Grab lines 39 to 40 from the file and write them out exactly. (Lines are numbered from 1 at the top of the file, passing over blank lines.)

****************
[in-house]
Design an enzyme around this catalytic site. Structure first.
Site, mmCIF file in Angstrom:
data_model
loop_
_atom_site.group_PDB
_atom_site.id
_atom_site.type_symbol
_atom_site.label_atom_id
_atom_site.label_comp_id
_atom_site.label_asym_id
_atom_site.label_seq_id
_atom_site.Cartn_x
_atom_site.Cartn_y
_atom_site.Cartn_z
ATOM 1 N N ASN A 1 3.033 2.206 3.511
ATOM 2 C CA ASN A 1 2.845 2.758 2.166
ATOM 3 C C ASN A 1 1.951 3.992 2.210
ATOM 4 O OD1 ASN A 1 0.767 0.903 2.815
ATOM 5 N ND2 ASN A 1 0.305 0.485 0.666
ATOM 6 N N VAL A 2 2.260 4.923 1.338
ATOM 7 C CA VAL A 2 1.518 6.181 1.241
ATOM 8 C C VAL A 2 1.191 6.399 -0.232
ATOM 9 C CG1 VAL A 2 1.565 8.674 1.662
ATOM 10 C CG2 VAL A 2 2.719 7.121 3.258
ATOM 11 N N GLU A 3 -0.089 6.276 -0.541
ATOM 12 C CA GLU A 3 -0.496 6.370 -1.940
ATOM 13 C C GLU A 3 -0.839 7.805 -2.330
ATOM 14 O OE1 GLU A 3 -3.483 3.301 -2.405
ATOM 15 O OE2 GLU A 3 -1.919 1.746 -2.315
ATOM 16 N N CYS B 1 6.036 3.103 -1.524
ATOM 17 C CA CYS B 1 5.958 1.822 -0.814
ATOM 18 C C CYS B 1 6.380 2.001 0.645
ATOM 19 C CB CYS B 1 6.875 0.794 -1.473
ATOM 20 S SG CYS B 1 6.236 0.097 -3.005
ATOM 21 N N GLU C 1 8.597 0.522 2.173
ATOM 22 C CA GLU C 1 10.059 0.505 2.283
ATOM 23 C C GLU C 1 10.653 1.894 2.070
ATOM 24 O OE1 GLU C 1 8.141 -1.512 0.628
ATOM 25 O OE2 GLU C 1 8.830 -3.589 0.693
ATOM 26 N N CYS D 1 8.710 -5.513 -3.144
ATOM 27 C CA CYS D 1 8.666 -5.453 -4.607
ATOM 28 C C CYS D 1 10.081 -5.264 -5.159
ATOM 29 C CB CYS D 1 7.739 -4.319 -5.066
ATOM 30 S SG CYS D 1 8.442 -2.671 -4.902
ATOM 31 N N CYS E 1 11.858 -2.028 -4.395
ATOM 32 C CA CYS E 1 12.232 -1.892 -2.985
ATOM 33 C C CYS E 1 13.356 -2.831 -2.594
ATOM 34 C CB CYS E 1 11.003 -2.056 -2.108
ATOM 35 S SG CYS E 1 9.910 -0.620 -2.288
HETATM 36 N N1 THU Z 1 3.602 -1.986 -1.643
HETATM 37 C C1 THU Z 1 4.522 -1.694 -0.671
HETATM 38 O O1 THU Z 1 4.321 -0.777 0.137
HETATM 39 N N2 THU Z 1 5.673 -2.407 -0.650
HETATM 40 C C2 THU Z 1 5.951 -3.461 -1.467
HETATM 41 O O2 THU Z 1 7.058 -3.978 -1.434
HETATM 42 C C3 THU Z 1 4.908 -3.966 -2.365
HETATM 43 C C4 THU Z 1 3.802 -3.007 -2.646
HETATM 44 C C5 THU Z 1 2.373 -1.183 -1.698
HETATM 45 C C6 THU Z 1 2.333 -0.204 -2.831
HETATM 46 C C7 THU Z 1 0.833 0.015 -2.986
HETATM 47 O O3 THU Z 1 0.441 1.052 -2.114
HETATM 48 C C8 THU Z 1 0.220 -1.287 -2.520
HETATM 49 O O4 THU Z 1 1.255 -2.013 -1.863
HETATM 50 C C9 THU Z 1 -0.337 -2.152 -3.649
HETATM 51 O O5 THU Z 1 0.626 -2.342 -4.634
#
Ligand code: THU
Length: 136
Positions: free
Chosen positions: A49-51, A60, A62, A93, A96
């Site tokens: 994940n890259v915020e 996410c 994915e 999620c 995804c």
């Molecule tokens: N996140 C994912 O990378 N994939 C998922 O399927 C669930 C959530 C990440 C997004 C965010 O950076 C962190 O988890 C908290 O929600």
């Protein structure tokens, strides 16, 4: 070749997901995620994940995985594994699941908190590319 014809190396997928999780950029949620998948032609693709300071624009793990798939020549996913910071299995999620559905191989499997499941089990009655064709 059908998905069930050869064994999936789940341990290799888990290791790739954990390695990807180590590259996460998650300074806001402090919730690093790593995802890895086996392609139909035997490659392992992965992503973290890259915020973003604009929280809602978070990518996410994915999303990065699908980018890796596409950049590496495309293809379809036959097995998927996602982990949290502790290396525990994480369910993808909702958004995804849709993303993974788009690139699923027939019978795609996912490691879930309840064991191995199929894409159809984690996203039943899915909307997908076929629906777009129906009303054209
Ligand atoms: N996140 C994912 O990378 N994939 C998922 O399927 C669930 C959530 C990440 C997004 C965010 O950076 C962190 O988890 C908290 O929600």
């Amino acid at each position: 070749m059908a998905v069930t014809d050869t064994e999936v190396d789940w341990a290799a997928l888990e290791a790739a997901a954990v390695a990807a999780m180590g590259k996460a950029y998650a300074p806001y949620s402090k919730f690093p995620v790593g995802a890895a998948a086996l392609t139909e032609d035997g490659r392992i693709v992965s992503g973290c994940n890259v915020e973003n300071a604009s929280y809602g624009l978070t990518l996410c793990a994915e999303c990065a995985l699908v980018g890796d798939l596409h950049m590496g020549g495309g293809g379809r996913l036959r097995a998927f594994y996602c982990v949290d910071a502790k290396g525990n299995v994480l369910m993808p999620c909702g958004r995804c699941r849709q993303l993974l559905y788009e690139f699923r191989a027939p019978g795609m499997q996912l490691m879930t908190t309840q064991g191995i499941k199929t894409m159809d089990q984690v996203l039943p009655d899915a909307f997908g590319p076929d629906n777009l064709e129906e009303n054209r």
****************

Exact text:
ATOM 24 O OE1 GLU C 1 8.141 -1.512 0.628
ATOM 25 O OE2 GLU C 1 8.830 -3.589 0.693